Fear in a mouse brain looks much the same as fear in a human brain.
When a frightening stimulus is encountered, the thalamus shoots a message to the amygdala — the primitive part of the brain — even before it informs the parts responsible for higher cognition. The amygdala then goes into its hard-wired fight-or-flight response, triggering a host of predictable symptoms, including racing heart, heavy breathing, startle response, and sweating.
The similarities of fear response in the brains of mice and men have allowed scientists to understand the neural circuitry and molecular processes of fear and fear behaviors perhaps better than any other response. That understanding has spurred breakthroughs in treatments for psychiatric disorders that are underpinned by fear.
Anxiety disorders are one of the most common mental illnesses in the country, with nearly one-third of Americans experiencing symptoms at least once during their lives. There are generalized anxiety disorders and fear-related disorders, which include panic disorders, phobias, and post-traumatic stress disorder (PTSD).
Emory psychiatrist and researcher Kerry Ressler is on the front lines of fear-disorder research. In his lab at Yerkes National Primate Research Center, he studies the molecular and cellular mechanisms of fear learning and extinction in mouse models. At Grady Memorial Hospital, he investigates the psychology, genetics, and biology of PTSD. And through the Grady Trauma Project, he works to draw attention to the problem of inner city intergenerational violence.
"If you look at Kerry’s work, it can seem like it’s all over the place — he’s got so many studies going on, and he collaborates with so many other scientists," says Barbara Rothbaum, associate vice chair of clinical research in psychiatry and director of the Trauma and Anxiety Recovery Program at Emory. "But they are all pieces to the same puzzle. All his work, from molecular to clinical to policy, fits together and starts telling a story." A Howard Hughes Medical Institute investigator, Ressler was recently elected to the Institute of Medicine — one of the highest honors in the fields of health and medicine. He was named a member of a new national PTSD consortium led by Draper Laboratory. And he recently appeared on the Charlie Rose show’s brain series.
Panic attacks seem to tie the fear-related disorders together, he explained on Charlie Rose. Everyone experiences fear, which evolved as a survival mechanism, but it only rises to a clinical level when people are unable to function normally in the face of it. For instance, PTSD includes not only intrusive thoughts, memories, nightmares, and startle responses, but also the concept of avoidance, which may extend to other areas of the individual’s life.
"There’s a patient I’ve seen who was attacked in a dark alley," Ressler shared on the show. "Initially it just felt dangerous to go out at night, but after a while she grew afraid of men and couldn’t go to that part of town. Then she couldn’t leave her house, and finally, her bedroom. The world got more and more dangerous."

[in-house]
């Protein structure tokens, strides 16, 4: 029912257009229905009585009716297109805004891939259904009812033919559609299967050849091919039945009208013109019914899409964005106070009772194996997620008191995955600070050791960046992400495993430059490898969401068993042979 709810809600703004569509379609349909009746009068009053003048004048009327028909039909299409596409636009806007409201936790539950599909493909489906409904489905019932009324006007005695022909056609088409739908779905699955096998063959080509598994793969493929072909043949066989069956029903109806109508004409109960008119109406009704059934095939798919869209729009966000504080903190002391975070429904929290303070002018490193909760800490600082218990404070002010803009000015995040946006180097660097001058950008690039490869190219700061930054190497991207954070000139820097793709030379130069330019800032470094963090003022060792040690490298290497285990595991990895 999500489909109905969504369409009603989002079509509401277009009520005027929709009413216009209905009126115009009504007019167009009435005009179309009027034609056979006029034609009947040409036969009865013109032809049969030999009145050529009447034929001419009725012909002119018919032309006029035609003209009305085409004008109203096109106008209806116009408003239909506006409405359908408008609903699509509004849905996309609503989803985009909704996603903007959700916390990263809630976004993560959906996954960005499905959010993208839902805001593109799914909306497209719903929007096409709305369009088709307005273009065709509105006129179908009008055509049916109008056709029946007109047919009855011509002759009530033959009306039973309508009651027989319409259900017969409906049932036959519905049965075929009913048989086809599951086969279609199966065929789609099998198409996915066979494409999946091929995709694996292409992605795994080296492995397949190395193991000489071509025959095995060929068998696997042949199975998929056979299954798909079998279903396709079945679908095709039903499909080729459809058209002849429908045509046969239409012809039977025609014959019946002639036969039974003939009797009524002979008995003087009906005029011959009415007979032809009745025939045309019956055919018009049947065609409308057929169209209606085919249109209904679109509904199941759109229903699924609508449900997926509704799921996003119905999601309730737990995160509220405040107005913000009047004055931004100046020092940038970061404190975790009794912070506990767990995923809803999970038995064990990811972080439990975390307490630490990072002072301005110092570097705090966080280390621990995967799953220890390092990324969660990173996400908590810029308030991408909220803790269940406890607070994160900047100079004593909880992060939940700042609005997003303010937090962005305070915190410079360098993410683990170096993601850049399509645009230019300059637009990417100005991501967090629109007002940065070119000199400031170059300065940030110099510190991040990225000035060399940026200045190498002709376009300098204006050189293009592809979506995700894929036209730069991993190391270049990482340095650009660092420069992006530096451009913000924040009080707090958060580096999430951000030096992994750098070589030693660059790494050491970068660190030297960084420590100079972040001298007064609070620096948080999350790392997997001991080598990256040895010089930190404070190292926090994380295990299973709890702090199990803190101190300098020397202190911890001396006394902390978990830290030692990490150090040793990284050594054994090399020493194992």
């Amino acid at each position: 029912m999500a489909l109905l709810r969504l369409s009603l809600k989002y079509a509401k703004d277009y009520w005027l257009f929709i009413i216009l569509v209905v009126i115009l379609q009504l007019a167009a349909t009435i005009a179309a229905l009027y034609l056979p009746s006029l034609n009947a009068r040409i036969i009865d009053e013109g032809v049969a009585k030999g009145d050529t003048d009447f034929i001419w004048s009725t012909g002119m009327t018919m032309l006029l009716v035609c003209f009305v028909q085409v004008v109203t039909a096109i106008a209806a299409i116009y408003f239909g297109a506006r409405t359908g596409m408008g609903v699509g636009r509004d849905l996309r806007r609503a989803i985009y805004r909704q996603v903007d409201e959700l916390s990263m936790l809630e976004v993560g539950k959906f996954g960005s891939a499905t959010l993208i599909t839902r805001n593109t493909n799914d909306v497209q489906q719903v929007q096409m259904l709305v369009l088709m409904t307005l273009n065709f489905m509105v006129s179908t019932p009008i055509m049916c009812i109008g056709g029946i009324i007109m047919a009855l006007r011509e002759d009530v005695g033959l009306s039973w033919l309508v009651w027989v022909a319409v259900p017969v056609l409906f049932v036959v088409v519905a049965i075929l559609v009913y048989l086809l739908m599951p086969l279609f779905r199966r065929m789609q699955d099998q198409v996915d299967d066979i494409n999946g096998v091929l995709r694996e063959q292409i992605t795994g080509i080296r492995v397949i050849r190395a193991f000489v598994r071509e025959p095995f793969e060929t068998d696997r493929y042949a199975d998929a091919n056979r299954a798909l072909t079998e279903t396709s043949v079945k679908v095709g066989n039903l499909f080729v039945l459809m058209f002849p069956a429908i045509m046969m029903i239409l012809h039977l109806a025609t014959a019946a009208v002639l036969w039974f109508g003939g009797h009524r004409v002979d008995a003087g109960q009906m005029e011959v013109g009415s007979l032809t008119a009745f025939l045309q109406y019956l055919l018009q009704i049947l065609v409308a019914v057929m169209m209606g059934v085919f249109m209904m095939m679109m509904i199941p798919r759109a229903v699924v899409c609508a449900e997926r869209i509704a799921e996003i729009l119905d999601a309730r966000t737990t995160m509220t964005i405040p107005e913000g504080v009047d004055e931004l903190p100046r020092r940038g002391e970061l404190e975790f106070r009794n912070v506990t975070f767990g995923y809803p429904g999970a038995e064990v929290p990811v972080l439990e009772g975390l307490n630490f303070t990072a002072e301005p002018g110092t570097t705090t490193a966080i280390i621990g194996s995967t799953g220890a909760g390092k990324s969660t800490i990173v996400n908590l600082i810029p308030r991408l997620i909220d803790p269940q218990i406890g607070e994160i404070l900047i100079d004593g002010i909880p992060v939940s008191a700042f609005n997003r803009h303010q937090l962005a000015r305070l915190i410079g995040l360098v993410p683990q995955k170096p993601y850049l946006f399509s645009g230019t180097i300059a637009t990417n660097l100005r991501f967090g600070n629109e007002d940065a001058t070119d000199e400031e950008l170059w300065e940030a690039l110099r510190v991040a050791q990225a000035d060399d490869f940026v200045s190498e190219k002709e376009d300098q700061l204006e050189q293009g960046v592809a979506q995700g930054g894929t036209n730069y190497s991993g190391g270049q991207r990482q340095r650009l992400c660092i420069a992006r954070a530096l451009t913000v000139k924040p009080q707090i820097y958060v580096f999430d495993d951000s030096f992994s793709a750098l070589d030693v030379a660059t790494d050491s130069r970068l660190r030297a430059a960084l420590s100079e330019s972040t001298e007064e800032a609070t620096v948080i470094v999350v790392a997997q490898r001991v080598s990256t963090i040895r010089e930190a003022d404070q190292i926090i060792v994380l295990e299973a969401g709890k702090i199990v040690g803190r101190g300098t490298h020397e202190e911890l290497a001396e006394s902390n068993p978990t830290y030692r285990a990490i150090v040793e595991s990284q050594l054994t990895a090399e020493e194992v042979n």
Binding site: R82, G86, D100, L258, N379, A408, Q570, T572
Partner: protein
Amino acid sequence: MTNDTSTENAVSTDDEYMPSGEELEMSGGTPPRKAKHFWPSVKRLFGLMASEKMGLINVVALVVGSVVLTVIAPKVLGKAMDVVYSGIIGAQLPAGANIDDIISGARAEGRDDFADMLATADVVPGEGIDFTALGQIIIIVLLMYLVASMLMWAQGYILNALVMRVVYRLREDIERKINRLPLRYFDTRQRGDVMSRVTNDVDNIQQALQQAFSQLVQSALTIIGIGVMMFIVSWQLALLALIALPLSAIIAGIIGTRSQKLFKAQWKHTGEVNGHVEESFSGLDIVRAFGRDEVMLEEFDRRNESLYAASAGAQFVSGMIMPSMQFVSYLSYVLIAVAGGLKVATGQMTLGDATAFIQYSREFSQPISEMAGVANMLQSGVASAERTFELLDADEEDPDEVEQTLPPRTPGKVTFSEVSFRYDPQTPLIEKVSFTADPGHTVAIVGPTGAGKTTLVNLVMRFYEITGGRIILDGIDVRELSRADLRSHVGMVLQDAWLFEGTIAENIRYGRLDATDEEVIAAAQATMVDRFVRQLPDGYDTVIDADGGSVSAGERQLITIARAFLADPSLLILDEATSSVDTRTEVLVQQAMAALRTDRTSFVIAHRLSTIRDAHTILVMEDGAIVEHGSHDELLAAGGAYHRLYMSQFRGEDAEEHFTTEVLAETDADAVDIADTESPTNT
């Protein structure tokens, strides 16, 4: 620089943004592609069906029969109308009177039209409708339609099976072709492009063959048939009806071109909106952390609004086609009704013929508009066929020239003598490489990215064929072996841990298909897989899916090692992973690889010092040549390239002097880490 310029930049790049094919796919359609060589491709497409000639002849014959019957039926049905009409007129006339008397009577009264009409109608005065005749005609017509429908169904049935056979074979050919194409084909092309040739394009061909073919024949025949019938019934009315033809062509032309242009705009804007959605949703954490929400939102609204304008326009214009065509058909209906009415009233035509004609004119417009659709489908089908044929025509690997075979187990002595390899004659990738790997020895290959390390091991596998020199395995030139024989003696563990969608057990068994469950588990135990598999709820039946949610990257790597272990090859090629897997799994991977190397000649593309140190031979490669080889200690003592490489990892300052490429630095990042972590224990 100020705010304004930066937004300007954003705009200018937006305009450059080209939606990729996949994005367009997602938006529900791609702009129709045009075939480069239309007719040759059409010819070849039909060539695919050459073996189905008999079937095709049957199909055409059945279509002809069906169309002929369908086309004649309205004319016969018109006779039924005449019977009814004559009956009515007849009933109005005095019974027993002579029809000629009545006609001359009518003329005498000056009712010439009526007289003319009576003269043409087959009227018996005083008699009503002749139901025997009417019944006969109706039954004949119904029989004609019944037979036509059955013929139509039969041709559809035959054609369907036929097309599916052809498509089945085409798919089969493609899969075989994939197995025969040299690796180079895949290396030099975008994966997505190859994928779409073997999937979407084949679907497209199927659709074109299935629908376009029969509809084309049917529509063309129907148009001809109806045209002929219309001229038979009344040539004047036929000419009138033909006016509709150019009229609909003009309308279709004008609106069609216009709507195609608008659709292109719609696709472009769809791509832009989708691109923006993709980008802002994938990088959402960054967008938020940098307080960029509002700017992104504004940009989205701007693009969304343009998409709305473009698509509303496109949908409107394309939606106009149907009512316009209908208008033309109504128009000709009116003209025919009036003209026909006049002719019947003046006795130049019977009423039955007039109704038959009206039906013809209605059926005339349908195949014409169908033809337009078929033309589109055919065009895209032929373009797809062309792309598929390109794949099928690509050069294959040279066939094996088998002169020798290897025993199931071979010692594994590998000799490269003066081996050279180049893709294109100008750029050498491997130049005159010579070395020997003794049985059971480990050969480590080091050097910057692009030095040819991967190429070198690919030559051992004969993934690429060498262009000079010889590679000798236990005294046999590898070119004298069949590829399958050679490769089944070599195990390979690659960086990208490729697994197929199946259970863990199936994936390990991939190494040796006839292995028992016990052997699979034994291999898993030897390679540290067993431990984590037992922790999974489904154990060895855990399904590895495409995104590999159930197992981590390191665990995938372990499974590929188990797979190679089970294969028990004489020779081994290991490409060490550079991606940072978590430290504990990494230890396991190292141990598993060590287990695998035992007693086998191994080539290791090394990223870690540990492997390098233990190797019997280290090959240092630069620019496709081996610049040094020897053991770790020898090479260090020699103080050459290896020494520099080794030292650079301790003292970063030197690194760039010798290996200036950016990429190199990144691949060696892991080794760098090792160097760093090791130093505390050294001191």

The ultimate comeback: Bringing the dead back to life
A radical procedure that involves replacing a patients’ blood with cold salt water could retrieve people from the brink of death, says David Robson.
“When you are at 10C, with no brain activity, no heartbeat, no blood – everyone would agree that you’re dead,” says Peter Rhee at the University of Arizona, Tucson. “But we can still bring you back.”
Should Humanity Try to Contact Intelligent Aliens?
Astronomers have detected nearly 2,000 alien planets to date. As that number continues to rise, so too does the prospect of finding intelligent extraterrestrial life.
In terms of the search for extraterrestrial intelligence (SETI), it may no longer be a matter of answering the “are we alone” question, some scientists say. Rather, just how crowded is the universe?
Supermassive black hole blows molecular gas out of a galaxy at 1 million kilometres per hour
- Long-held mystery surrounding the evolution of galaxies solved by academics at the University of Sheffield
- Findings deepen our understanding of the future of our own galaxy, which will collide with Andromeda in 5 billion years
New research by academics at the University of Sheffield has solved a long-standing mystery surrounding the evolution of galaxies, deepening our understanding of the future of the Milky Way.
The supermassive black holes in the cores of some galaxies drive massive outflows of molecular hydrogen gas. As a result, most of the cold gas is expelled from the galaxies. Since cold gas is required to form new stars, this directly affects the galaxies’ evolution.
Scientists Criticize Europe’s $1.6B Brain Project
Dozens of neuroscientists are protesting Europe’s $1.6 billion attempt to recreate the functioning of the human brain on supercomputers, fearing it will waste vast amounts of money and harm neuroscience in general.
The 10-year Human Brain Project is largely funded by the European Union. In an open letter issued Monday, more than 190 neuroscience researchers called on the EU to put less money into the effort to “build” a brain, and to invest instead in existing projects.
If the EU doesn’t adopt their recommendations, the scientists said, they will boycott the Human Brain Project and urge colleagues to do the same.
If you rub your closed eyes, you’ll “see” a virtual rainbow of colors, shapes, squiggles, and lines. Those are called phosphenes, and the eye and the brain work together to create these weird little visual blips.
Phosphenes occur when there is no external visual stimulus. That can happen when you close your eyes or when you’re focused on scenery with little to no input as to depth or changes, such as a dark highway at night.
People who spend long periods of time in sensory deprivation or meditation often report seeing visions, which can be chalked up to the appearance of phosphenes.
The presence of physical stimulus to the eye, like pushing on the eyeball, will create temporary phosphenes, and more traumatic events like head injuries can create permanent squiggles.
In these cases, phosphenes are present because the visual centers of the brain are active without the presence of external visual stimuli.
For example, when conscious patients undergoing brain surgery had different areas of their brains electrically stimulated, they reported seeing phosophenes.